Thursday, February 25, 2010

Doug Cassel: "If the president deems that he’s got to torture somebody, including by crushing the testicles of the person’s child, there is no law that can stop him?"
John Yoo: "No treaty"
Are treaties laws?

CRS report on Signing Statements [PDF]
Presidential signing statements have a long historical pedigree and there is no discernible constitutional or legal impediment to their issuance. While such statements have become increasingly common since the Reagan Administration and have increasingly been utilized by Presidents to raise constitutional or interpretive objections to congressional enactments, that increased usage does not render them unconstitutional. While the broad assertions of executive authority contained in these statements carry significant implications, both practical and constitutional, for the traditional relationship between the executive branch and Congress, they do not have legal force or effect, and have not been utilized to effect the formal nullification of laws. Instead, it appears that recent administrations, as made apparent by the voluminous challenges lodged by President George W. Bush, have employed these instruments in an attempt to leverage power and control away from Congress by establishing these broad assertions of authority as a constitutional norm. It can be argued that the appropriate focus of congressional concern should center not on the issuance of signing statements themselves, but on the broad assertions of presidential authority forwarded by Presidents and the substantive actions taken to establish that authority. Accordingly, a robust oversight regime focusing on substantive executive action, as opposed to the vague and generalized assertions of authority typical of signing statements, might allow Congress in turn to more effectively assert its constitutional prerogatives and ensure compliance with its enactments.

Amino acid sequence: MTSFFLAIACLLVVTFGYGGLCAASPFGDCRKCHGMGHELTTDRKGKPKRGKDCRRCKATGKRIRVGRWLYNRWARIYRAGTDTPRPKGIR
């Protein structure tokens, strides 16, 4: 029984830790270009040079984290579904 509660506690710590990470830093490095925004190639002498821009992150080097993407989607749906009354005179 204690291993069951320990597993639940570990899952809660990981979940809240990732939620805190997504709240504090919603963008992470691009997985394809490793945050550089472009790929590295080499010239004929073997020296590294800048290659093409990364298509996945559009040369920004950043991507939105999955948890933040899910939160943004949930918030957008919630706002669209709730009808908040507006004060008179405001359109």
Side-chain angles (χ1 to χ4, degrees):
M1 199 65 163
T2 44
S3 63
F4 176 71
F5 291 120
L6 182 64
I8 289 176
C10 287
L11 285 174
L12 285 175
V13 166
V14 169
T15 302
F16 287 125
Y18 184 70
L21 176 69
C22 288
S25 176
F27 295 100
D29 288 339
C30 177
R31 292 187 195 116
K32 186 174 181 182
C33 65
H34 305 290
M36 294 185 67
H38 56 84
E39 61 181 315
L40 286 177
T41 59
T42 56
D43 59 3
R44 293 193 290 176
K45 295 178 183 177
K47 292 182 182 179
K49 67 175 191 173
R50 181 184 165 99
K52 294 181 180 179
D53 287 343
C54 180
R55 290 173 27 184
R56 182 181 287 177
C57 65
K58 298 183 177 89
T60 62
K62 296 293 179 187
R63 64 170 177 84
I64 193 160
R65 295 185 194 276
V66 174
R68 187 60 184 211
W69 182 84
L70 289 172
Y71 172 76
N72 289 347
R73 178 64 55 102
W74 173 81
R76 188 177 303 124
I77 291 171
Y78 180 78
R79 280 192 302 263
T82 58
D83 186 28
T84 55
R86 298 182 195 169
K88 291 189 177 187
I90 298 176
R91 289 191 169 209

Every congressman has fantasies of being president and they all act now more in service to that dream, and of individual authority, than in defense of the prerogatives of the chamber where they sit. Adversarialism and divided government requires that a president be a philosophical individualist, while the congressional ethic be fundamentally tribal. How's that for divided consciousness? I'll add that example to my usual one of the ethic of military piety and the divided consciousness of the citizen soldier.

Not something liberals or academic "philosophers" understand.

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